Let’s look at each component of the GenealogyBank search engine.

A screenshot of GenealogyBank's search box

First, you can enter a given (First Name) and surname (Last Name).

A screenshot of GenealogyBank's search box, showing the first and last name optionsIf you check the Exact Name Search box your first and last name boxes will become one box labeled Full Name.

A screenshot of GenealogyBank's search box, showing the full name option

Make sure to do some exact name searches, but don’t limit all your searches to exact name.

Next you can add a Date Range or a Specific Date to your search. This can be especially helpful when searching on a name that is quite common. Here’s where you can search on the years your ancestor was alive or on a specific date in their life. Remember that an obituary won’t happen the day the person died, so in some cases it’s best to do a date range.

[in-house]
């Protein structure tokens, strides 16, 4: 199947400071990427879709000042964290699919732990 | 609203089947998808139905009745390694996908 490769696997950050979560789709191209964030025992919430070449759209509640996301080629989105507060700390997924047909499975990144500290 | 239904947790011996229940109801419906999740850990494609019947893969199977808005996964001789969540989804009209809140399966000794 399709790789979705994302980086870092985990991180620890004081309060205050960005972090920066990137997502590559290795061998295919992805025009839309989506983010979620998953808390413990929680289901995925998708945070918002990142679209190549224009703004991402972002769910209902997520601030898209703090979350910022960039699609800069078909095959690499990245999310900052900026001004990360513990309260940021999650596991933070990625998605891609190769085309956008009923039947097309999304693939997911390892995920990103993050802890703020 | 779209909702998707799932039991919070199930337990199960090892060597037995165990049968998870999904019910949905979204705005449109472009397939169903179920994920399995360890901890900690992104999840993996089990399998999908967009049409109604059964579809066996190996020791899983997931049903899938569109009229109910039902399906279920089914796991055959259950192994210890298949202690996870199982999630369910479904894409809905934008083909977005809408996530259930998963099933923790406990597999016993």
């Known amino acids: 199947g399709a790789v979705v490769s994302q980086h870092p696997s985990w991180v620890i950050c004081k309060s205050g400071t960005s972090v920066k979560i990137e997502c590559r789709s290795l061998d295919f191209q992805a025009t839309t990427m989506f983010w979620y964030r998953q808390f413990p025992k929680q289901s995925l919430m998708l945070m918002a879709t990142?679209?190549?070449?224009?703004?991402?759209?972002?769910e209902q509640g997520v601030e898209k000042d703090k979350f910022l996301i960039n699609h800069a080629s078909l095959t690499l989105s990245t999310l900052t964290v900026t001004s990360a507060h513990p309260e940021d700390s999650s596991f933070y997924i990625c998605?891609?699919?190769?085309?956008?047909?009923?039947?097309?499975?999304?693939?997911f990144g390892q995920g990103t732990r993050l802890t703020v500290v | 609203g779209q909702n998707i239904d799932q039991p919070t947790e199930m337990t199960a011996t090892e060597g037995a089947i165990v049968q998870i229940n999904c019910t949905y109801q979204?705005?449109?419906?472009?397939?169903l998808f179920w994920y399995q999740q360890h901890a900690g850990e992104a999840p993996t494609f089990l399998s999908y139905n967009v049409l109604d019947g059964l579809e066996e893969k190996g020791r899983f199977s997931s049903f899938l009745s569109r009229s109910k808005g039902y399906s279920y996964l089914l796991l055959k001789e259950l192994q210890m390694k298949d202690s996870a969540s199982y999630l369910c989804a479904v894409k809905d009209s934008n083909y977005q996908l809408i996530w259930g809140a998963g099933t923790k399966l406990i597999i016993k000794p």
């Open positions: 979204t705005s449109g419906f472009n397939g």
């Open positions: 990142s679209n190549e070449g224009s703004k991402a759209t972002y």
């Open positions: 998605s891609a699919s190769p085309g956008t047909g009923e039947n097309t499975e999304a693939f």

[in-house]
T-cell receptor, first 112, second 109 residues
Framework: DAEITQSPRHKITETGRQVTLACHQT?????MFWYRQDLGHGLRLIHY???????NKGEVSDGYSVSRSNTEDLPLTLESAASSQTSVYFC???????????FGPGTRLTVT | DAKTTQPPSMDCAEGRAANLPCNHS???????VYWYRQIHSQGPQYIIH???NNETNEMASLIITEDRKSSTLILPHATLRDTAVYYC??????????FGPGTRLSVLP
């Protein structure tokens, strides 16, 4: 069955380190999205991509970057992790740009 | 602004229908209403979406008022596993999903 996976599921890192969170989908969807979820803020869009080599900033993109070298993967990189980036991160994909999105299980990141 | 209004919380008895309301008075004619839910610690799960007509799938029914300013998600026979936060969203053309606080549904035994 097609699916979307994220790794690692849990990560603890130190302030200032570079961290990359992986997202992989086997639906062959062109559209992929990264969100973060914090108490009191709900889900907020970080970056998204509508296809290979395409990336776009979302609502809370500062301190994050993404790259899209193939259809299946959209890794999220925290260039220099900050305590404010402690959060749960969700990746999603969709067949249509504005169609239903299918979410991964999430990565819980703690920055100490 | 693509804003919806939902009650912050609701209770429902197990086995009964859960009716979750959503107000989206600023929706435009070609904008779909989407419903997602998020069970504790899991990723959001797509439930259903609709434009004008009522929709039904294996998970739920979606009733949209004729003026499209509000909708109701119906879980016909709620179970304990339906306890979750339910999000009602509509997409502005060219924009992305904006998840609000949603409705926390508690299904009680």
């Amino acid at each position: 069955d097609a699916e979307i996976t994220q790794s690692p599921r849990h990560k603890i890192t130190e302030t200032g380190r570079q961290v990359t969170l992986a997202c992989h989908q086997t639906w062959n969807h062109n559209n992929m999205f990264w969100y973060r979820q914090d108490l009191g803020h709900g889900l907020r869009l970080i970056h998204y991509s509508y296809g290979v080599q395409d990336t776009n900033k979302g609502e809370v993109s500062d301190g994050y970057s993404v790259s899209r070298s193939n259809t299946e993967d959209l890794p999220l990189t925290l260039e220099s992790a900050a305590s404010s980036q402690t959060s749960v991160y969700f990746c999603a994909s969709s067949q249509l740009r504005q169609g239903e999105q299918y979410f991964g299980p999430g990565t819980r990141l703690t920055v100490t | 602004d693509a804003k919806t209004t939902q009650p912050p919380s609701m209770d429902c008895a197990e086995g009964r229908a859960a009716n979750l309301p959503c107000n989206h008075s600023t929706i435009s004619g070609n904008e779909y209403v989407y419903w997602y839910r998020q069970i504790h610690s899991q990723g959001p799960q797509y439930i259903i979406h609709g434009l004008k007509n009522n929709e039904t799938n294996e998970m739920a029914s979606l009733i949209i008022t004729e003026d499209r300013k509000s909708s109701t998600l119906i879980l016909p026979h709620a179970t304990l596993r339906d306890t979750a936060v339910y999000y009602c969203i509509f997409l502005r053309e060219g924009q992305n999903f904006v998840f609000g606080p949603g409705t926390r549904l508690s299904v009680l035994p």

A screenshot of GenealogyBank's search box, showing the date options

The next line of boxes on the search engine are for Keywords. What’s a keyword? A keyword is really any word or phrase. But think in terms of words that will help your search be more specific. For example, let’s say that the surname you are researching is also the name of a county. In the Exclude These Keywords box you can use the word “county” or even the name of the state where that county is found (as long as it’s not the state your ancestor lived in).

A screenshot of GenealogyBank's search box, showing the keywords option

So, what keywords should you use? Possibilities include an ancestor’s occupation, an event, an activity, the street name they lived on, or even the name of a relation you think should appear in an article with them. Think about what types of articles you expect to find and that might provide ideas for what keywords to use.